August 15, 1868.

The Economist, 15. August 1868. S. 925/926.
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French Loan. Its alleged influence on England  Zusatz von Marx.
(withdrawing Gold, raising discount.)

The coin in the Bank of France has augmented, but on all former occasions the offer of new Gvt. security has tempted new money from the secret hoards of that country. Every house in France has a caisse; the amount of deposits in banks is for such a country contemptible; the whole country deposits of the Bank o. France in all its branches are only £2,000,000. So large a portion of the circulating capital of France is out of the banks in coin, that a subscription to a loan cannot be effected, as in England, by cheques and transfers; it requires an actual deposit of coin. The increase in the coin of the Bank o. France is no proof that any coin has been sent from England.

The Economist, 15. August 1868. S. 930–932.
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Subscription to new French Loan. Paris Correspondent 13 August. 1868.

The loan 18,000,000£. The only money yet payable on it is the deposit of 3% = 540,000£. The loan has been subscribed for many times, say between 30 and 40 times, and the deposit is consequently much greater. Dauerte eine Woche der loan, schliest on Thursday, 13 August.

The great bankers and capitalists have reserved, as their way is, their subscriptions to the last moment, in order to be able from the manner in which the small public have „gone up“, and it may be also from private information they have the means of getting, to proportion the amount demanded to that which they want and are likely to obtain.

But that a very considerable portion of the loan will be covered by the minimum subscriptions of 5f. rente is certain. For though the petty capitalists for whom the minimum was fixed, have not, especially in provincial towns and agricultural districts, displayed anything like the enthusiasm they manifested on former occasions, and have thereby grievously disappointed the expectations that were formed, Bourse speculators, in order to get as large a number as possible of small subscriptions which are irreductible, have employed men of straw to subscribe. At Marseilles, it is even stated, one peculiarly sharp fellow „purely and simply“ hired almost a whole battalion of soldiers to take several subscriptions of 5f.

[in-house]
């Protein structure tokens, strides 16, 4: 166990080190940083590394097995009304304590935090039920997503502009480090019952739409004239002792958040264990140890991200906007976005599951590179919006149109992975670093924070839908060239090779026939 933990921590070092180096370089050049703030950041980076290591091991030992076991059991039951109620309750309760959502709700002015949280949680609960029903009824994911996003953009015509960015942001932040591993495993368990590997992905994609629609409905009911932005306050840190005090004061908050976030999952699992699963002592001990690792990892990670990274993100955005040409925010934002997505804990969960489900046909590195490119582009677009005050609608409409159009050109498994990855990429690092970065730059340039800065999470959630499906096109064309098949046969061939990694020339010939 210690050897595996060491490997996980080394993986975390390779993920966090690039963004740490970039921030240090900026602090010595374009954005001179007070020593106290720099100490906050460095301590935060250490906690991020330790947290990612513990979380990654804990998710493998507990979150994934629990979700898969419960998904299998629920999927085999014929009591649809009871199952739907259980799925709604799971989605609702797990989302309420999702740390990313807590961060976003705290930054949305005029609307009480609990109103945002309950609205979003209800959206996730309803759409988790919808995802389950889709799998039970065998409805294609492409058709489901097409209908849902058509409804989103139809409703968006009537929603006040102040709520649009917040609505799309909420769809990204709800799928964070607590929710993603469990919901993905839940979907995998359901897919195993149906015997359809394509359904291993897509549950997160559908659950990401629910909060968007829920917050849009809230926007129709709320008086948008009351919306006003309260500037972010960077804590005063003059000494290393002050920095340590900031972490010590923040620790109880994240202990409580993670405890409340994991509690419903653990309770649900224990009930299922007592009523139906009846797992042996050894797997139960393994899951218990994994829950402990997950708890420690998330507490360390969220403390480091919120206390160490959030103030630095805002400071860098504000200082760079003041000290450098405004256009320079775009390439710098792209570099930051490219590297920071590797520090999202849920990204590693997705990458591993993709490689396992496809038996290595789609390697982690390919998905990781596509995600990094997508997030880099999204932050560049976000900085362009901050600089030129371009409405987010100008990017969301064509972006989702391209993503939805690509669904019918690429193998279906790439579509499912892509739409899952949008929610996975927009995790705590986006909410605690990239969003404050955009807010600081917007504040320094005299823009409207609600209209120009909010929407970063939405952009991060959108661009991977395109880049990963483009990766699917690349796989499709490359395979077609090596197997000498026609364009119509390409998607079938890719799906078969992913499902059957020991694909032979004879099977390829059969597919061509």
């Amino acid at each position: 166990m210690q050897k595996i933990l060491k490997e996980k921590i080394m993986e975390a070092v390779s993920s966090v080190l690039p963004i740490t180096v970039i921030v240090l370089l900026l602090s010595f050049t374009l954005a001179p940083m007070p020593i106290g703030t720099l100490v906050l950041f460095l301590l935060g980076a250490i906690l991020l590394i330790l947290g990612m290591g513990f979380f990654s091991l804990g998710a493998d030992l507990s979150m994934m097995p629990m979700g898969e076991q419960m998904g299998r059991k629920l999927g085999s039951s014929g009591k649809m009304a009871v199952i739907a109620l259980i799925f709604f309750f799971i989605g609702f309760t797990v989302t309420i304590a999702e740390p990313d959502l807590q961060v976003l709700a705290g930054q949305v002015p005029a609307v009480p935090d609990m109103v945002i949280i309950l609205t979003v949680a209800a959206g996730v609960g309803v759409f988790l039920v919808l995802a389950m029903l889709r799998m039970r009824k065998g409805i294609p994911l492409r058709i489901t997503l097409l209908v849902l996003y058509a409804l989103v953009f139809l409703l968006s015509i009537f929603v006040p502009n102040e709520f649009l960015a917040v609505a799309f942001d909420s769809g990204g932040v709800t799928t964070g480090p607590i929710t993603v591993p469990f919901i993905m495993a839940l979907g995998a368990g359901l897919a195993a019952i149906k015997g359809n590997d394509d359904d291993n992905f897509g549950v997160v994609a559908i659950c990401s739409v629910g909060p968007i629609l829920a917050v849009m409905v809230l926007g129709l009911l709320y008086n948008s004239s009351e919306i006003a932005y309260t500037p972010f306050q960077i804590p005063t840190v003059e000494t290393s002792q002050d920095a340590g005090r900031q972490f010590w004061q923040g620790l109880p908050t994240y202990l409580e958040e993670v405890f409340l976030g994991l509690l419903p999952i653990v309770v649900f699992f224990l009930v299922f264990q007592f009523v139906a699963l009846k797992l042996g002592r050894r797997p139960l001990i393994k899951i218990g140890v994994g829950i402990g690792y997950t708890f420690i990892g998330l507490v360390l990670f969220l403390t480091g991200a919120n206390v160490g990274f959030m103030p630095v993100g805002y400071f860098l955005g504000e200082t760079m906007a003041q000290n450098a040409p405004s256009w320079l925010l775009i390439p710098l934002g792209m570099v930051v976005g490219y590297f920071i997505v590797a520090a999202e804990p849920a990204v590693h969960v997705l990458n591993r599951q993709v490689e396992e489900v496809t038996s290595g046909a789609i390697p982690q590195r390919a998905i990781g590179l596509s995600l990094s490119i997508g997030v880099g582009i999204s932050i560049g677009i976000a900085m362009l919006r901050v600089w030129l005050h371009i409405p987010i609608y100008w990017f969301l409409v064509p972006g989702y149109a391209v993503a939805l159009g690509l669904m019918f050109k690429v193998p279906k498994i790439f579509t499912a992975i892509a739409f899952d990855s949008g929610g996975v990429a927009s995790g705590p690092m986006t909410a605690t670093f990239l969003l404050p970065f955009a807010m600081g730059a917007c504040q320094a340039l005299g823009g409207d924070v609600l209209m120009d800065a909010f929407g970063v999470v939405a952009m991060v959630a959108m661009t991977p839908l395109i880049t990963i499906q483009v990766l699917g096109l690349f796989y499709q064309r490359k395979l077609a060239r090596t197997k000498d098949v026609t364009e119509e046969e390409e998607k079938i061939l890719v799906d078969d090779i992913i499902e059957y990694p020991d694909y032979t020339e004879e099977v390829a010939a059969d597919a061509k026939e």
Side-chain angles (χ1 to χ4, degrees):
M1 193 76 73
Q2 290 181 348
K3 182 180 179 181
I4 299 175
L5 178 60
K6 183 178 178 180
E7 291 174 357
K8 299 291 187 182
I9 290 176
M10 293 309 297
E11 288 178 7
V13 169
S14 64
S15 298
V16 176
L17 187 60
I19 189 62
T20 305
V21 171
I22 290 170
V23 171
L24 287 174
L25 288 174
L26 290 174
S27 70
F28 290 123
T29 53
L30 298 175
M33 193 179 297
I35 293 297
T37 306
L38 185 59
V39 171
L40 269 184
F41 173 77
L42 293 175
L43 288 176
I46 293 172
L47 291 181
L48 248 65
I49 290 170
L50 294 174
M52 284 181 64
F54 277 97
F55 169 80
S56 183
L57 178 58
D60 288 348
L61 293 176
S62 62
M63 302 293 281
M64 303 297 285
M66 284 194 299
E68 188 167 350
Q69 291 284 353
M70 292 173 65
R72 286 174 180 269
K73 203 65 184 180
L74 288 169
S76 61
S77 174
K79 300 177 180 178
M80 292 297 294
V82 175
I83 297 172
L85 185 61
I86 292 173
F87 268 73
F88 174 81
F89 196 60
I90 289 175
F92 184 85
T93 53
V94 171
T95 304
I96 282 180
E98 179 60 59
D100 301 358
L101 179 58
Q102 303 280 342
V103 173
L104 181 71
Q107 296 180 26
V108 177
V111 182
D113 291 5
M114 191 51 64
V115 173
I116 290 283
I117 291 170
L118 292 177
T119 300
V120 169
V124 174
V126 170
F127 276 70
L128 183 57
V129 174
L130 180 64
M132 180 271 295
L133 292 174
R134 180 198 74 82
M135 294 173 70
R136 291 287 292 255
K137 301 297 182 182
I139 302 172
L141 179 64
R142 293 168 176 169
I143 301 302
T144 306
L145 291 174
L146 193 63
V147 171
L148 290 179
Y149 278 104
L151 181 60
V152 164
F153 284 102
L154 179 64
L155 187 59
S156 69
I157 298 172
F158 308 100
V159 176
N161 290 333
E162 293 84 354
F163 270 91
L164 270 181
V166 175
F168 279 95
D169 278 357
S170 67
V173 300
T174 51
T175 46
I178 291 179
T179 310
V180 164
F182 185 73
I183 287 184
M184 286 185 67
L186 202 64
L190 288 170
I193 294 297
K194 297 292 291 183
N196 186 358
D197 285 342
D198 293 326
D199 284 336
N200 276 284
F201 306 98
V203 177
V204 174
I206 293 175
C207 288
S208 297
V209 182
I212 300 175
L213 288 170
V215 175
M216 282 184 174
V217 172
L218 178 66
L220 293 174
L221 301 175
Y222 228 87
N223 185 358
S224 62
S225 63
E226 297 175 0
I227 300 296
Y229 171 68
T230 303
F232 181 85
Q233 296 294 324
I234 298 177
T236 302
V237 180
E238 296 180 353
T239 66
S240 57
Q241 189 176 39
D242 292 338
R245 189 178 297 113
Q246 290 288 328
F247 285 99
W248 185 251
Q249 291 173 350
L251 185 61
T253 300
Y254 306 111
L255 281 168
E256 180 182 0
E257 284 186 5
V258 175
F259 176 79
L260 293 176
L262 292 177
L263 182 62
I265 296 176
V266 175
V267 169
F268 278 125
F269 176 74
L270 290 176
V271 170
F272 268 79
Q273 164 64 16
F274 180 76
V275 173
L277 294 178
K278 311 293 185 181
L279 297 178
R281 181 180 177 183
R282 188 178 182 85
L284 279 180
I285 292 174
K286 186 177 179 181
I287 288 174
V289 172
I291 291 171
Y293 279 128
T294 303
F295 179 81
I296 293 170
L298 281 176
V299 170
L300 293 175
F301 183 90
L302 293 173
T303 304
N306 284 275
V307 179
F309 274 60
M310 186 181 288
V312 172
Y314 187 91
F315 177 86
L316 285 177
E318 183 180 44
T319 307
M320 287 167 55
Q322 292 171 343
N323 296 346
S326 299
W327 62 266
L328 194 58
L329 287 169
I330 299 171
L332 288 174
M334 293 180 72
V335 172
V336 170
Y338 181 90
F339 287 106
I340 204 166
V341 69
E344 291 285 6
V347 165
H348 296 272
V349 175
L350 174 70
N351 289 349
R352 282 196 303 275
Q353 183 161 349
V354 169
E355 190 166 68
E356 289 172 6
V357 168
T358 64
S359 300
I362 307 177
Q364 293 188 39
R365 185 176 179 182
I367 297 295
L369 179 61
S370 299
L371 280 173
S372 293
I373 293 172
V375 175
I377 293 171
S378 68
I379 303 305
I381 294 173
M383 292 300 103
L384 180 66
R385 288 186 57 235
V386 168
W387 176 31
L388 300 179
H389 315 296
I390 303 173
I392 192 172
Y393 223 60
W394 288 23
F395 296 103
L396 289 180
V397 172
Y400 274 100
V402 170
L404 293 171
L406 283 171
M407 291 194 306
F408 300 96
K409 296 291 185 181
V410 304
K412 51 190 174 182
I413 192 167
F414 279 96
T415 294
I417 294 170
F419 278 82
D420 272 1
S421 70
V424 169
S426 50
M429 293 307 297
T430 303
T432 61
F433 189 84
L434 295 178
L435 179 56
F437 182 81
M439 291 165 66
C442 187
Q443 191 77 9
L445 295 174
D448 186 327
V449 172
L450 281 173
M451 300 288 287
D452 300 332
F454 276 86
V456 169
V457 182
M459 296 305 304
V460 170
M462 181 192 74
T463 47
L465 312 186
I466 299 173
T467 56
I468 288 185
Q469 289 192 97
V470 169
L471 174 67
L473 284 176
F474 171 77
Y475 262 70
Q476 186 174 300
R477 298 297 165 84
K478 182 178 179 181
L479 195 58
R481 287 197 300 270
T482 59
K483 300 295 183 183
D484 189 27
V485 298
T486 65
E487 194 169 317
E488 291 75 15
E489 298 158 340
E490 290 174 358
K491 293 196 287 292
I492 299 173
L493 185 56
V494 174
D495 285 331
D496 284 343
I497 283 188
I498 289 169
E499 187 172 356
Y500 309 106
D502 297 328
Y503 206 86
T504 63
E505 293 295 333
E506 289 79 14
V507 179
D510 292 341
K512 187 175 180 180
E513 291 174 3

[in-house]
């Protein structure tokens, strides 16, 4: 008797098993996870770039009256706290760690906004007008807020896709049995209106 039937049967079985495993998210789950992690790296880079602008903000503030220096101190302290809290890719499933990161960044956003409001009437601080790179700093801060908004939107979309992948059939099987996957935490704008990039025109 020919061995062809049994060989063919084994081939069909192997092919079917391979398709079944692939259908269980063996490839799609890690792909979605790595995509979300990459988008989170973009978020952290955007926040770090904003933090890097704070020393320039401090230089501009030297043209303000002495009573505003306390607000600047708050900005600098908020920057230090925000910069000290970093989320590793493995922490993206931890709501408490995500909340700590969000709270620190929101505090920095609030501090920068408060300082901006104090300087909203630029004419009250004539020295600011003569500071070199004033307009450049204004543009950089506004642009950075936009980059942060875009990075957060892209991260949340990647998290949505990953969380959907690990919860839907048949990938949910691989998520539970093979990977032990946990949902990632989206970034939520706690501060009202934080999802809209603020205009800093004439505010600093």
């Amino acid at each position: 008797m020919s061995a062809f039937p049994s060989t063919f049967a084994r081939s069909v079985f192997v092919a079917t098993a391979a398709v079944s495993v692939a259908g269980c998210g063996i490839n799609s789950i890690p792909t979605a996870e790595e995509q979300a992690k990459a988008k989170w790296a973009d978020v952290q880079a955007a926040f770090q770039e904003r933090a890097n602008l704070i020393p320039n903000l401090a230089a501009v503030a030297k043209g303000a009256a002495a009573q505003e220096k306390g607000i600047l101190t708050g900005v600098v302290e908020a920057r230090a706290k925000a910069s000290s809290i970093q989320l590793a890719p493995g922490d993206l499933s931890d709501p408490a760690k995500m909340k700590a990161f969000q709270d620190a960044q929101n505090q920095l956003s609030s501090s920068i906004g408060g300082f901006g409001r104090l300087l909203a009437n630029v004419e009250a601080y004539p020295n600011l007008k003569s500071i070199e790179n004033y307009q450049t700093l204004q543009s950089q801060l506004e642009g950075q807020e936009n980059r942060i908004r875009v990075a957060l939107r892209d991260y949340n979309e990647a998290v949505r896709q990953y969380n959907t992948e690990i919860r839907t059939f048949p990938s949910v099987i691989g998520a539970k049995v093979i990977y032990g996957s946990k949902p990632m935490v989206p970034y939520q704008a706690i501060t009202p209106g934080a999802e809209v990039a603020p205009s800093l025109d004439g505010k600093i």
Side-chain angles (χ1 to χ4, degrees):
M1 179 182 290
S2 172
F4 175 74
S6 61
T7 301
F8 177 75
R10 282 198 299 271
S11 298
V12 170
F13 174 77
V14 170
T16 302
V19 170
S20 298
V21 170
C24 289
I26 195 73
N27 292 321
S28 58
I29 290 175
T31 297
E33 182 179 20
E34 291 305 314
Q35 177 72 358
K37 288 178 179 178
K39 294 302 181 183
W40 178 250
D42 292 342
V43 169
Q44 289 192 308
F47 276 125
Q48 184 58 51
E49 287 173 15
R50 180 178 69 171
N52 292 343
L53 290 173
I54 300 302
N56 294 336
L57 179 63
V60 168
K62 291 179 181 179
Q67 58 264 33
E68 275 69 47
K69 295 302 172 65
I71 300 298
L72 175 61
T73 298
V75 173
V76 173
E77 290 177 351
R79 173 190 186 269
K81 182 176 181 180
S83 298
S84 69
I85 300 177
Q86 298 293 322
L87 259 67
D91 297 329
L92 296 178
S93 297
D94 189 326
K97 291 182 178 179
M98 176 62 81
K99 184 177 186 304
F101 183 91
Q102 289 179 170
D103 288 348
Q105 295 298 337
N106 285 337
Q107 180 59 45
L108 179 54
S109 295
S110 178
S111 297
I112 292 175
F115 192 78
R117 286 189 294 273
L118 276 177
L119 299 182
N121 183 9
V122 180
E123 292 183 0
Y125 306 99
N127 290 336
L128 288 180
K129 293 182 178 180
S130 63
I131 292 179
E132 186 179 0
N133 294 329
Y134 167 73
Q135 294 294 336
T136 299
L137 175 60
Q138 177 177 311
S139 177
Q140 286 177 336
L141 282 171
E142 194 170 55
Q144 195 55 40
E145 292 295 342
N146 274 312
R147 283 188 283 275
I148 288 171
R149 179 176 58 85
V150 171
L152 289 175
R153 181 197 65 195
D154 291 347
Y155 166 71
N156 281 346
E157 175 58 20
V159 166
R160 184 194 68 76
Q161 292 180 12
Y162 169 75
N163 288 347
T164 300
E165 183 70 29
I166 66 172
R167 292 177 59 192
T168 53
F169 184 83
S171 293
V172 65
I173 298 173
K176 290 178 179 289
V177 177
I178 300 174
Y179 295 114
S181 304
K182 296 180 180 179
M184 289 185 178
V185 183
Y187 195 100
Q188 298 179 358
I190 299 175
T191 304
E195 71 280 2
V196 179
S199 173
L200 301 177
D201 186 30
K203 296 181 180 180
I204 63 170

As last Thursday the quotation of Three P.Ct. stock on the Bourse was 70f. 271/2c., whereas the new stock is issued at 69f. 25c., with the right of paying in advance, with a discount of 2 P.Ct., the small 5f. subscriptions – a right which large amounts are not to enjoy – it is evident that the speculating fraternity had a considerable interest in getting into their hands as much of the 5 fcs scrip as possible. And to succeed in this object, not only did they employ poor men to subscribe, but by a premium which at one moment was as high as 3f., they induced bona fide subscribers to sell their certificates. When this became known among the lower orders of Paris, a considerable number of men and women hastened to inscribe themselves, and they carried their paper straight to the Bourse for sale. For some days the outside of that famous establishment was quite encumbered with a class of people whose dress and manner proved them to be strangers to the place, and they had no difficulty in making the bargain they sought. But the inevitable result was that the influx of scrip caused the premium to decline, so that the late comers were grievously disappointed about the sum they had counted on. Some of them having very confused notions on the great law of offer and demand were excessively indignant at being told that they must take less than the 3 fcs their friends and neighbours had got, and they applied ugly epithets to the buyers who told them so; at one moment, indeed, a band of these got up a little emeute. The upshot of all this is that whereas the Minister of Finance was most desirous to keep his loan in the hands of people of small resources, and the belief that they would hold it permanently as an excellent investment, and whereas he even, after opening the subscription, took special measures for preventing speculators from getting it and from carrying it to market, he has sadly failed. The speculators have obtained the greater part of it, and to the market it will go.


  • Inhaltsverzeichnis von Friedrich Engels
  • 1869 I Heft
  • Money Market. 1868.
  • Money Market Review. Jahrgang 1868.
  • The Economist. Jahrgang 1868. Nachträge
    • The Economist. Jahrgang 1868.
    • Inhaltsregister für 1868 Jahrgang. („Money Market Review“ und „Economist“.)
    • Kommentar zu George Joachim Goschen
      • George J. Goschen: The Theory of the Foreign Exchange. 7th edit. London 1866.
      • Friedrich Ernst Feller, Carl Gustav Odermann: Das Ganze der kaufmännischen Arithmetik
      • Inhalt.